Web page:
The “Vocabulary” section gives a full list of vocabulary as well as audio recordings and a quiz. This quiz is pretty straightforward with multiple choice and fill-in-the-blank exercises that focus on translation between languages.
Additionally, there is a review feature that allows you to periodically revisit previously learned words and phrases. This is separate from the lessons themselves so you don’t have to go back through each lesson to review its vocabulary. I found this especially helpful as vocabulary is so often forgotten if you don’t review it multiple times, but this gives you quick and easy access to that kind of review.
I was quite surprised that lessons end with a “Cake.” Yes, you get a literal picture of a cake when you finish the lesson.
The cake section provides some extras that adds a bit of context to the lesson. Some of these features include fun tidbits like videos of native speakers in authentic contexts.
I was happy to find there was a video by Easy Spanish of real people talking about what is considered “Typical Spanish” and even a video clip of Jack Black on a talk show discussing how he learned some Spanish for his movie “Nacho Libre.”
Overall, the cake section was a bit like dessert after a satisfying meal—a little something to finish the lesson off sweetly.
Targeted Skills Practice
Some lessons—but not all—include other tasks for practicing a specific skill. For example, some lessons had a “Listening” section that allowed you to hear a native speaker and then test your comprehension with a quiz.
Writing System Practice
It is worthy to note that languages with a non-Latin writing system such as Japanese, Hebrew and Russian start their LinguaLift course off differently. Rather than diving right into new vocabulary or grammar, these courses introduce the writing system in manageable chunks so learners can read and write in the language.
They are structured much like the vocabulary and grammar lessons with a primer and practice opportunities. These practice opportunities include tracing the letters in-program, matching, and multiple choice exercises.
Multiple Language Levels to Progress Through
While I only tried the first three lessons with the trial, LinguaLift offers multiple courses at different levels of the target language. These levels can be followed chronologically and progress in a reasonable manner, but only reach a certain amount of proficiency.
As I poked around, I discovered that the Spanish, Hebrew and French courses have three levels with 25 lessons each. Japanese has four levels with 25 lessons each and Russian has six levels with 25 lessons each.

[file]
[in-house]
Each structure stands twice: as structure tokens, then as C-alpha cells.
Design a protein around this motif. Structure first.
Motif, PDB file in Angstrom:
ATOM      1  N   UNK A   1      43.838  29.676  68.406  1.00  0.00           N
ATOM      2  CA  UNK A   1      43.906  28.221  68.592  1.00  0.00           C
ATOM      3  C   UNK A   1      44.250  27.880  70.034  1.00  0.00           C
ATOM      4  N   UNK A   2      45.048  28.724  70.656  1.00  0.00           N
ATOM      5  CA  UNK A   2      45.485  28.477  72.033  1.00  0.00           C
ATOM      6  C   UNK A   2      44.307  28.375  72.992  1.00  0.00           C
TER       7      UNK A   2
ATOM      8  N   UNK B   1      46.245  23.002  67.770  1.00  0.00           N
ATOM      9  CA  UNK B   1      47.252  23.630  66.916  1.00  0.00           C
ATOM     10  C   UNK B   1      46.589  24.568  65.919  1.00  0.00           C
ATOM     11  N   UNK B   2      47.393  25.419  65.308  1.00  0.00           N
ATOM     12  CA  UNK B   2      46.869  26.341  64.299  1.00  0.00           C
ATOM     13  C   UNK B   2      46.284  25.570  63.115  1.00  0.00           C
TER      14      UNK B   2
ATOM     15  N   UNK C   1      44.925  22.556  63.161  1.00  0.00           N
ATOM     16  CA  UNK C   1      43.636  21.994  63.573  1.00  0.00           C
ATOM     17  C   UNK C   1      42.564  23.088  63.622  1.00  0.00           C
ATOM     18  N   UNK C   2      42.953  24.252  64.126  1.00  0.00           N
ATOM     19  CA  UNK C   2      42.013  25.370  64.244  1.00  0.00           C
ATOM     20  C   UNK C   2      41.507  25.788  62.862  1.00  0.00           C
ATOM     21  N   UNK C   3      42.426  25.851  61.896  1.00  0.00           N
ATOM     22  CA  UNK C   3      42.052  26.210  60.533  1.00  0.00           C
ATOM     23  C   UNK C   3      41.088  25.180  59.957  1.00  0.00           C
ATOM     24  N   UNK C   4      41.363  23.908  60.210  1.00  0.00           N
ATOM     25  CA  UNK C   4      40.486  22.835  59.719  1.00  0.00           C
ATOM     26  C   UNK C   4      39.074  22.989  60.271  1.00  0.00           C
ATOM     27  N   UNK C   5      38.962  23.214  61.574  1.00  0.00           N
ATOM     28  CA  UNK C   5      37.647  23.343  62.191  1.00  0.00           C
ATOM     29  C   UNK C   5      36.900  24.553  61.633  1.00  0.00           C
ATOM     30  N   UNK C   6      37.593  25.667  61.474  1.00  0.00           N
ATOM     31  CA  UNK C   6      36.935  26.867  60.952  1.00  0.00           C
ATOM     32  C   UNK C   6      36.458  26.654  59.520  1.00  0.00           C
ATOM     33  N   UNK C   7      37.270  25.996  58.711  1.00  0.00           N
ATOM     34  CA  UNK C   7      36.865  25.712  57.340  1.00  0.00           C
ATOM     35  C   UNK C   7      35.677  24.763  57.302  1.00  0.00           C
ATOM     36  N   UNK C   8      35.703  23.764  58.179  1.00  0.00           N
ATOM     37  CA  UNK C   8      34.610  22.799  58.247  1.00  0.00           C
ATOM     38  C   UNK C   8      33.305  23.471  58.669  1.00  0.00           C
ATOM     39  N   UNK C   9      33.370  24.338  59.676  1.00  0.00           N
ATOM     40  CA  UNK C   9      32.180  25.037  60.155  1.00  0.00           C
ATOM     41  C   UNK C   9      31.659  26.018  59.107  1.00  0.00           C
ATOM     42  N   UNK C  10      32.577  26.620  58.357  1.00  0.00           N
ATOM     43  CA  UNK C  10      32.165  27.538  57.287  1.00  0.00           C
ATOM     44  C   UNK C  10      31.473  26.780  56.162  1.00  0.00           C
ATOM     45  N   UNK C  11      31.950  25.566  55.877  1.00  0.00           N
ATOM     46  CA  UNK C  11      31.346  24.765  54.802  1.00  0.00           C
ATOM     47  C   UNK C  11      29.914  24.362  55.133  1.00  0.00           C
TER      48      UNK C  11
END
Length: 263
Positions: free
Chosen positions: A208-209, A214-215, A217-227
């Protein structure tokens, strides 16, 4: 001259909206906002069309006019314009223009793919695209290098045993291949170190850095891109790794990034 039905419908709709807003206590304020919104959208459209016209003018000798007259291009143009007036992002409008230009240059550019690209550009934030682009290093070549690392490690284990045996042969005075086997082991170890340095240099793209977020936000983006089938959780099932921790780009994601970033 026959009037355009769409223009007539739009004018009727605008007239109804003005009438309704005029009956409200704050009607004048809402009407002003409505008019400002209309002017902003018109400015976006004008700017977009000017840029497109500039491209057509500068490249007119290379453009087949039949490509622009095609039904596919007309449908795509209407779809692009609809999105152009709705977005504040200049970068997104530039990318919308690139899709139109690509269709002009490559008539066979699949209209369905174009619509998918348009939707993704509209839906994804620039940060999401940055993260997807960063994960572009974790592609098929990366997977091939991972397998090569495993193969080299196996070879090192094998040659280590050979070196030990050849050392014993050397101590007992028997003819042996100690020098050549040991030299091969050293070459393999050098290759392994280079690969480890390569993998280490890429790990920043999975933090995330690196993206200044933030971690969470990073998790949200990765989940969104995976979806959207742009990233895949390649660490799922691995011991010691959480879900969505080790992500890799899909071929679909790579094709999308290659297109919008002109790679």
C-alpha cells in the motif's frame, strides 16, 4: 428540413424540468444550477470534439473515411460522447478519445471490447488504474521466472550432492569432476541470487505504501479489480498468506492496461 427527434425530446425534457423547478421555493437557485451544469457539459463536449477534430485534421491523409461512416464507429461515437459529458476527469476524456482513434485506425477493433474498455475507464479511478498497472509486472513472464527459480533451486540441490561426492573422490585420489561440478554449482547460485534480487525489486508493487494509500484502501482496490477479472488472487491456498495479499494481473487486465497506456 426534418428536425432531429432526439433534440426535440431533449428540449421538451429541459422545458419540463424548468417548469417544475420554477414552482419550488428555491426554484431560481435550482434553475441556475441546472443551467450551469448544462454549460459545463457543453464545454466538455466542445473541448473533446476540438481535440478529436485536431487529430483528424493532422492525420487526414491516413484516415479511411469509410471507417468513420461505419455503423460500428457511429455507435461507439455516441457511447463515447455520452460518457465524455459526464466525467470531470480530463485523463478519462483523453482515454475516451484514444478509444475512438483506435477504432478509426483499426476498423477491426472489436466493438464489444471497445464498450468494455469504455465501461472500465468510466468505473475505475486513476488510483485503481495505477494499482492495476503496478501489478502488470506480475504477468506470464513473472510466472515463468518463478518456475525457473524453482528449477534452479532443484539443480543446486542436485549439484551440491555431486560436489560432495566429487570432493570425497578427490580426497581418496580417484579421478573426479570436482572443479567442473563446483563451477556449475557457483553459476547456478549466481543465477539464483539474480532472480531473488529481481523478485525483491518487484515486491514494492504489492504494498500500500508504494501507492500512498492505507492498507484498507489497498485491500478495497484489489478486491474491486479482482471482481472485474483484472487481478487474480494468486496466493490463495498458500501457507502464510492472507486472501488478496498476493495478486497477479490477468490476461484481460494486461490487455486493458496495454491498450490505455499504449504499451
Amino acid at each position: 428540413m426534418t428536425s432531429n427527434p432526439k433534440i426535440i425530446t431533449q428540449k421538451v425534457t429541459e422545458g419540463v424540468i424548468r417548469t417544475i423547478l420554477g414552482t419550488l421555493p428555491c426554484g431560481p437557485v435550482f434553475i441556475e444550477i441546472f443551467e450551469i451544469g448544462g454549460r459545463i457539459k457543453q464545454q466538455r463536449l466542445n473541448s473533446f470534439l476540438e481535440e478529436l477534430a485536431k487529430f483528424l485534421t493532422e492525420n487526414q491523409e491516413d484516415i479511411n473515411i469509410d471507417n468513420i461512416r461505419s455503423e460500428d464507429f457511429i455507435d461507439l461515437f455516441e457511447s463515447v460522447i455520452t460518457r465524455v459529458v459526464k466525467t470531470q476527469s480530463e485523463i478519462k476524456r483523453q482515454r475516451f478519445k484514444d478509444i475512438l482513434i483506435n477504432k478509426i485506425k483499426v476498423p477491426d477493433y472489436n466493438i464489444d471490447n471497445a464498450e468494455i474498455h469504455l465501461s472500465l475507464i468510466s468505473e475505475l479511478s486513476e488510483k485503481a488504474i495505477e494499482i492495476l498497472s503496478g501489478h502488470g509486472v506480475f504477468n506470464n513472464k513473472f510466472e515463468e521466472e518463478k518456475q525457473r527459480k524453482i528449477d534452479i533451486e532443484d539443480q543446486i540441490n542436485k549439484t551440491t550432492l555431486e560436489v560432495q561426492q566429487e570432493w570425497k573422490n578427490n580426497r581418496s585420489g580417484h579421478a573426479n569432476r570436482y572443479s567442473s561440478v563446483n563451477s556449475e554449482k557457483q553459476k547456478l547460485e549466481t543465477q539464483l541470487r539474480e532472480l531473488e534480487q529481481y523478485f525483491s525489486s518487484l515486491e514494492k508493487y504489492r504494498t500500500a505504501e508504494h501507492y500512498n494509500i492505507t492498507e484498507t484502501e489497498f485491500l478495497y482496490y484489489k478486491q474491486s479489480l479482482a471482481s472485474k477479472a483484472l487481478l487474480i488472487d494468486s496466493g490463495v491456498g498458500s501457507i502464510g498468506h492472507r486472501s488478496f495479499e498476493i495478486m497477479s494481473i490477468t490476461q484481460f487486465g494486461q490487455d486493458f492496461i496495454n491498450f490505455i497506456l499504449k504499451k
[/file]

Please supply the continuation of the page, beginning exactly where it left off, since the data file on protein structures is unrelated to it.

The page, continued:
As I mentioned previously, courses that feature languages with a non-Latin writing system begin with an exploration of that writing system.
LinguaLift Review: Can You Actually Learn A Language with LinguaLift?
It’s clear there is a lot that LinguaLift has to offer, so what exactly do they do well?
For starters, LinguaLift has multiple levels and lessons offered for each language. I got the sense that these lessons are well thought-out and in-depth enough to give learners a strong base in their chosen language.
There is also a great process for development, as material builds on itself and allows you to learn new material while still reviewing old information.
The interface for the program is also very easy-to-follow and I liked that the primers were so full of useful tips for grammar and vocabulary. I also found the “Tutor Says” tips extremely helpful as they provided some context and a kind of “inside look” at the language’s grammar, vocabulary and cultural landscape.I did think that LinguaLift does well with their courses that revolve around a language with a different writing system, as they are so focused on building that skill before moving on to grammar or vocabulary. This is often a skill that is overlooked or not well-taught in language learning programs or apps.
One of the best features of LinguaLift is the real native speech and usage notes. Any time a language learning program includes authentic audio and video, it benefits learners.
Areas LinguaLift Can Improve
While there are some things that LinguaLift does well, there is certainly much room for improvement. LinguaLift does offer some great material for beginner learners, but there doesn’t seem to be much for intermediate and advanced learners beyond their initial course offerings.